Product engineering is much more than technical competence and ingenuity. It’s also about speed. Product design is a hybrid of business and engineering, which makes speed to market a non-negotiable element. Therefore, while PP granules traders attempting to maximize their team’s production, every ounce of efficiency counts. Today, we’re going to look at four productivity tips that can help you work more efficiently in SolidWorks, the industry-standard design software.
Tip 1: Using SolidWorks’ “S” Key
The first tip is one of the simplest and will immediately increase your speed in SOLIDWORKS.
Our modest S key activates a fly-out toolbar that displays contextualized icons based on the work at hand. It provides access to the most frequently used sketch tools in your sketch window.
This includes the following:
- Instruments for shaping
- Slot machines Lines
- The dimensioning instrument (which is something designers should be using every single day)
- This S key operates throughout all of SOLIDWORKS’s features and subprograms, such as drawing simulation.
By tapping the S key, you may quickly access the most frequently used tools for that purpose. It’s worthwhile to spend time customizing each of them for parts, assembly, and drawings.
Tip 2: Taking Advantage of Mouse Gestures
The second tip discusses mouse motions. If you’re not currently utilizing these, they will undoubtedly enhance your SolidWorks experience. It enables you to have a little fly-out toolbar by clicking and dragging the right mouse button.
Now, in a similar vein to what we’ll discuss regularly throughout our workflows, “Tools Customize” enables you to customize the contents of these small pop-out mouse gesture windows.
You have pieces, sketches, assembly, and drawings, all of which are decorated differently, and you may pick between two and twelve gestures. You’re likely to discover that 12 gestures are far too many and that two gestures lack the functionality you want. Set only what you require, and utilize them frequently.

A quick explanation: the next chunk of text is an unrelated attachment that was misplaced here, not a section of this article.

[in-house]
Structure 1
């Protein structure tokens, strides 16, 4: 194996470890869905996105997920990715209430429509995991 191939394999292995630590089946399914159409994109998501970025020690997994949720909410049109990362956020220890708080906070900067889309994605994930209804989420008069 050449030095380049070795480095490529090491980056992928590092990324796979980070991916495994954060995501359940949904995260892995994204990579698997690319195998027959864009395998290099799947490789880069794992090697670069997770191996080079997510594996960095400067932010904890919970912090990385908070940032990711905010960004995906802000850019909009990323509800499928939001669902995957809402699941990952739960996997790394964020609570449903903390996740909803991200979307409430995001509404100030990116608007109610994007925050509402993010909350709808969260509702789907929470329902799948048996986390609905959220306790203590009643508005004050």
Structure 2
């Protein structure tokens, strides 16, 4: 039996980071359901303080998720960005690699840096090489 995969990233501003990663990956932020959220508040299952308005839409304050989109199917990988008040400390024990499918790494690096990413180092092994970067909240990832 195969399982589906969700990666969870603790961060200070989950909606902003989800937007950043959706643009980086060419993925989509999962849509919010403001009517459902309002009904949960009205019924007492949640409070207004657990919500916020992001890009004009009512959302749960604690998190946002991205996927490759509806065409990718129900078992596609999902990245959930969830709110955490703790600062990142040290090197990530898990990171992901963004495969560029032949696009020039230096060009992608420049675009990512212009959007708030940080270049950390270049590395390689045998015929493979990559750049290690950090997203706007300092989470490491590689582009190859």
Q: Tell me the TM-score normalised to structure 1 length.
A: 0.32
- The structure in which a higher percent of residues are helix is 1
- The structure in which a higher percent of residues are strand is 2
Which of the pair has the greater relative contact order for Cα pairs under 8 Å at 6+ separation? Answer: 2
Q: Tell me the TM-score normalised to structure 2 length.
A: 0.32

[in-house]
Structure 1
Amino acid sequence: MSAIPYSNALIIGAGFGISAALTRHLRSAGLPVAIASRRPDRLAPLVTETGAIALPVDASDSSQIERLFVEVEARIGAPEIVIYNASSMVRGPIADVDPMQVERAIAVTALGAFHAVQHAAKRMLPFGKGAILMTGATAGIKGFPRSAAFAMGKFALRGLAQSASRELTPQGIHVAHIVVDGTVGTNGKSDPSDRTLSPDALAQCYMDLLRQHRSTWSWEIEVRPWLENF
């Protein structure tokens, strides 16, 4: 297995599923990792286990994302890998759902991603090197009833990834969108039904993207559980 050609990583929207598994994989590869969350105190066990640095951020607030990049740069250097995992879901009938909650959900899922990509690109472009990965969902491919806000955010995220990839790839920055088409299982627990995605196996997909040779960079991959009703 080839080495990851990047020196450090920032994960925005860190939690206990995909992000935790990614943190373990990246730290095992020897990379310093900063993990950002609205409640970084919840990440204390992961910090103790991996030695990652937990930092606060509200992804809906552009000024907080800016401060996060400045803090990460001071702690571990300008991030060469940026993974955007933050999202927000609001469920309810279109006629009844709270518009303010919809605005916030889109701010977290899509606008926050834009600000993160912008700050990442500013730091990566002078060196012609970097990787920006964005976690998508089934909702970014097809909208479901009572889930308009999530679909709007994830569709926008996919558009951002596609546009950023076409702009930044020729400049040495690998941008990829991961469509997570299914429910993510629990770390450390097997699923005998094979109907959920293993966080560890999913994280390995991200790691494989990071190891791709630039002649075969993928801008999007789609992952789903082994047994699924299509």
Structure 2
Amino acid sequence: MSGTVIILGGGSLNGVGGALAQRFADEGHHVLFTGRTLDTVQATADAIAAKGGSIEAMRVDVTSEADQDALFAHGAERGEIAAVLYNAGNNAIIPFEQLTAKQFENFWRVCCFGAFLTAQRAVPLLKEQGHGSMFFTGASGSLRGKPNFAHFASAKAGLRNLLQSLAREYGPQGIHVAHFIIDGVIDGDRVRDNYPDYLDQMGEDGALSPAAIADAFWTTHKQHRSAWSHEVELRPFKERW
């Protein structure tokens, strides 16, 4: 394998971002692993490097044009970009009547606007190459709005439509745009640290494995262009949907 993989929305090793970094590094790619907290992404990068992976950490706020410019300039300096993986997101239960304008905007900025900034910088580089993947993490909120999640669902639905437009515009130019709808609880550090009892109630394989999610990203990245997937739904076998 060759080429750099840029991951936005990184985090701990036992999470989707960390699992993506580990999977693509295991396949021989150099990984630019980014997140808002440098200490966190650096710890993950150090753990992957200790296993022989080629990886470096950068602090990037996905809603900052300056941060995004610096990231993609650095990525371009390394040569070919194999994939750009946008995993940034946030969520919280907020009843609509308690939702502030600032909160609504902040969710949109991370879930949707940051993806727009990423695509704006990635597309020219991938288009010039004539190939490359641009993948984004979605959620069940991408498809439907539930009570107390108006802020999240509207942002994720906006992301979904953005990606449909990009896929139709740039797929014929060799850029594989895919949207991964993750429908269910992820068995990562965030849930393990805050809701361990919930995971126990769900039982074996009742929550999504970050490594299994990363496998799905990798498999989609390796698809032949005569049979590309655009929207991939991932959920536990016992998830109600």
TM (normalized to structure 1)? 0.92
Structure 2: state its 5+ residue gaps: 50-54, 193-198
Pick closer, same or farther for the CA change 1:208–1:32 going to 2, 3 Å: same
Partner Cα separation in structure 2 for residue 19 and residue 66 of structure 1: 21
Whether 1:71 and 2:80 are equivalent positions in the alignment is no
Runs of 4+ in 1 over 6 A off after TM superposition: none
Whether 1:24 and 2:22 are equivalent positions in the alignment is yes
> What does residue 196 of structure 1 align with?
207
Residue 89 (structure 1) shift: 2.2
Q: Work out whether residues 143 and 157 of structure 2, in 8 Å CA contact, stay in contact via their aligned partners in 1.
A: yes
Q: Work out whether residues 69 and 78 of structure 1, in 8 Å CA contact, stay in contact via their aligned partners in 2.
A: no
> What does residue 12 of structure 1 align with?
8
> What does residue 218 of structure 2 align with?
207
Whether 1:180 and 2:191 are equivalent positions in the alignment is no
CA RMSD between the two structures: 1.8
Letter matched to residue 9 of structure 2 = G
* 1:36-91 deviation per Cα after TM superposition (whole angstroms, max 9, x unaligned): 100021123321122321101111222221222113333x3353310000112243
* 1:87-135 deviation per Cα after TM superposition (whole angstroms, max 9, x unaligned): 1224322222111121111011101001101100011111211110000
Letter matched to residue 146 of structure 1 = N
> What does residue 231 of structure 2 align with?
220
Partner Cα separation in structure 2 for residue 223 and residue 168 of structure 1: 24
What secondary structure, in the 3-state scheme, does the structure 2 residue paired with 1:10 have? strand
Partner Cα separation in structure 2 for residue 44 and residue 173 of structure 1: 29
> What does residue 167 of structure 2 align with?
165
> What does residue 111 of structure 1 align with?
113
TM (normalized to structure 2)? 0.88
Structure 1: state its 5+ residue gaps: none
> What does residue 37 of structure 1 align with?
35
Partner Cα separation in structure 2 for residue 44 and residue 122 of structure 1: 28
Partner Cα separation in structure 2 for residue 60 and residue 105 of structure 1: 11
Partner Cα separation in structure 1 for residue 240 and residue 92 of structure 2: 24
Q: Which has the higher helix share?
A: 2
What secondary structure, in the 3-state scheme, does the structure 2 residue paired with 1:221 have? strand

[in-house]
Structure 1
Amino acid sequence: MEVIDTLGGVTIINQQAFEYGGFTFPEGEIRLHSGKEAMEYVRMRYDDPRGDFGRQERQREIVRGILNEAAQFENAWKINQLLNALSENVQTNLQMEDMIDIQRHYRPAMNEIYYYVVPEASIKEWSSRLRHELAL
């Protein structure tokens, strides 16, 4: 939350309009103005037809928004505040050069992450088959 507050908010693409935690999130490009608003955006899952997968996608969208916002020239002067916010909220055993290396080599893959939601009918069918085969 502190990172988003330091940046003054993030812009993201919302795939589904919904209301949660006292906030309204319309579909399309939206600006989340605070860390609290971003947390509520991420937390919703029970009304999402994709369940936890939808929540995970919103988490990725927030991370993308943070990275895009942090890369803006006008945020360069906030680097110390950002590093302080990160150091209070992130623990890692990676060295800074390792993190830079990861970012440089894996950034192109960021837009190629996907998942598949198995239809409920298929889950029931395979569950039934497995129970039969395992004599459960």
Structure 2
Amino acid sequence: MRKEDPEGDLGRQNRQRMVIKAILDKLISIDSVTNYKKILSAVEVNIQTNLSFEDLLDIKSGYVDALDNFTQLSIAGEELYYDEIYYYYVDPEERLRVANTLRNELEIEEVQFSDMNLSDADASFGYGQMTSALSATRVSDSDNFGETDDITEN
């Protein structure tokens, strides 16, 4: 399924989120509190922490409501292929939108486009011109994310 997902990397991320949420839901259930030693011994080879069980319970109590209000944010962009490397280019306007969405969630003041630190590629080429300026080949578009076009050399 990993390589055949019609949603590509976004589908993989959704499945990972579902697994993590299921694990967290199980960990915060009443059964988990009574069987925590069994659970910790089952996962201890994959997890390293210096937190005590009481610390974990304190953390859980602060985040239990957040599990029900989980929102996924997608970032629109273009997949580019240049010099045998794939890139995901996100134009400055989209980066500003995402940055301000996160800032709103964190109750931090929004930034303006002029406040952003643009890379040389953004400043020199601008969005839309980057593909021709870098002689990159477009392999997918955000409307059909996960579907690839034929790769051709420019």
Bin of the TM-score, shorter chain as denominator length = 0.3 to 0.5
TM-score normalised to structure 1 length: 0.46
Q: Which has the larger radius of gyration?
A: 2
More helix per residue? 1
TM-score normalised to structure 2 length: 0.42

Tip 3: Using Sketch Relations in conjunction with Design Intent
We’re going to make a slight advancement immediately. We’re glad you’re here to learn about sketch relationships and design purposes.
Consider a drawing with a variety of distinct circles. Traditionally, if you wanted them all to be a specific size, you would have to go through and dimension each one individually. That can take a long time with a sophisticated drawing…
Now, if I know that all of these circles should be the same size, I just control-click to pick them all and then choose “identical relation,” which tells SOLIDWORKS that they should all have the same size.
That way, rather than changing each one manually, you can simply update the original and they will all pop to the precise size you choose. There are several distinct relationships, and it’s worthwhile to study them all if you’re serious about mastering SOLIDWORKS and increasing your speed.
Tip 4: Accelerating Equations and Parametrics
The fourth section will remain relatively advanced: equations and parametric. Although it is more advanced, this is a necessary ability (especially if you are thinking of taking the CSWA exam).
In a typical design, you must enter the sketch, modify it, and adjust the measurements. Consider receiving comments from a consumer or a review team – the entire process might appear to continue indefinitely at a sluggish speed. Rather than that, there is a more expedient approach to effect these adjustments.
Simply alter the dimension, but instead of typing the value, click equals “variable name” and then click okay. Then, from the equations menu, select “manage equations” to manage all of the variables you’ve created by simply altering their values.